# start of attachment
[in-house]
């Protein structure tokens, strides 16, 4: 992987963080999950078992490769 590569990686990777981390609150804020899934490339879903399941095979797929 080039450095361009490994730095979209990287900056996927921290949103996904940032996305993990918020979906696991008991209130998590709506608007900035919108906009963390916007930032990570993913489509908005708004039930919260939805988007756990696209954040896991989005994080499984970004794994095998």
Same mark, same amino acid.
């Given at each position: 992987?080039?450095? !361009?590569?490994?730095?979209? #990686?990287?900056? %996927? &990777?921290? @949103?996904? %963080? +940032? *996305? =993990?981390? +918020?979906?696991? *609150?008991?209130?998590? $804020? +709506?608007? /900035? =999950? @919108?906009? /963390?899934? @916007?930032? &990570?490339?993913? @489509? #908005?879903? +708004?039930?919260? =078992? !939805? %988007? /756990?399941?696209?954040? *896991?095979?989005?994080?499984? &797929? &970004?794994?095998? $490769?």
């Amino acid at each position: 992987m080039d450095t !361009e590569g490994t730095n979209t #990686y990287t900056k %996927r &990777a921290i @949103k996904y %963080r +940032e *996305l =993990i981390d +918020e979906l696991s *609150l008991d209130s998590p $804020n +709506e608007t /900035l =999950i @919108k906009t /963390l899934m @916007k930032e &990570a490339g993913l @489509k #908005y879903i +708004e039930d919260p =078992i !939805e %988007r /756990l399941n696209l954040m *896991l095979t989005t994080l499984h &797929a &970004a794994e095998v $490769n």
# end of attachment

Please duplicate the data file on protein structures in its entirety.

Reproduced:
[in-house]
């Protein structure tokens, strides 16, 4: 992987963080999950078992490769 590569990686990777981390609150804020899934490339879903399941095979797929 080039450095361009490994730095979209990287900056996927921290949103996904940032996305993990918020979906696991008991209130998590709506608007900035919108906009963390916007930032990570993913489509908005708004039930919260939805988007756990696209954040896991989005994080499984970004794994095998």
Same mark, same amino acid.
């Given at each position: 992987?080039?450095? !361009?590569?490994?730095?979209? #990686?990287?900056? %996927? &990777?921290? @949103?996904? %963080? +940032? *996305? =993990?981390? +918020?979906?696991? *609150?008991?209130?998590? $804020? +709506?608007? /900035? =999950? @919108?906009? /963390?899934? @916007?930032? &990570?490339?993913? @489509? #908005?879903? +708004?039930?919260? =078992? !939805? %988007? /756990?399941?696209?954040? *896991?095979?989005?994080?499984? &797929? &970004?794994?095998? $490769?």
């Amino acid at each position: 992987m080039d450095t !361009e590569g490994t730095n979209t #990686y990287t900056k %996927r &990777a921290i @949103k996904y %963080r +940032e *996305l =993990i981390d +918020e979906l696991s *609150l008991d209130s998590p $804020n +709506e608007t /900035l =999950i @919108k906009t /963390l899934m @916007k930032e &990570a490339g993913l @489509k #908005y879903i +708004e039930d919260p =078992i !939805e %988007r /756990l399941n696209l954040m *896991l095979t989005t994080l499984h &797929a &970004a794994e095998v $490769n």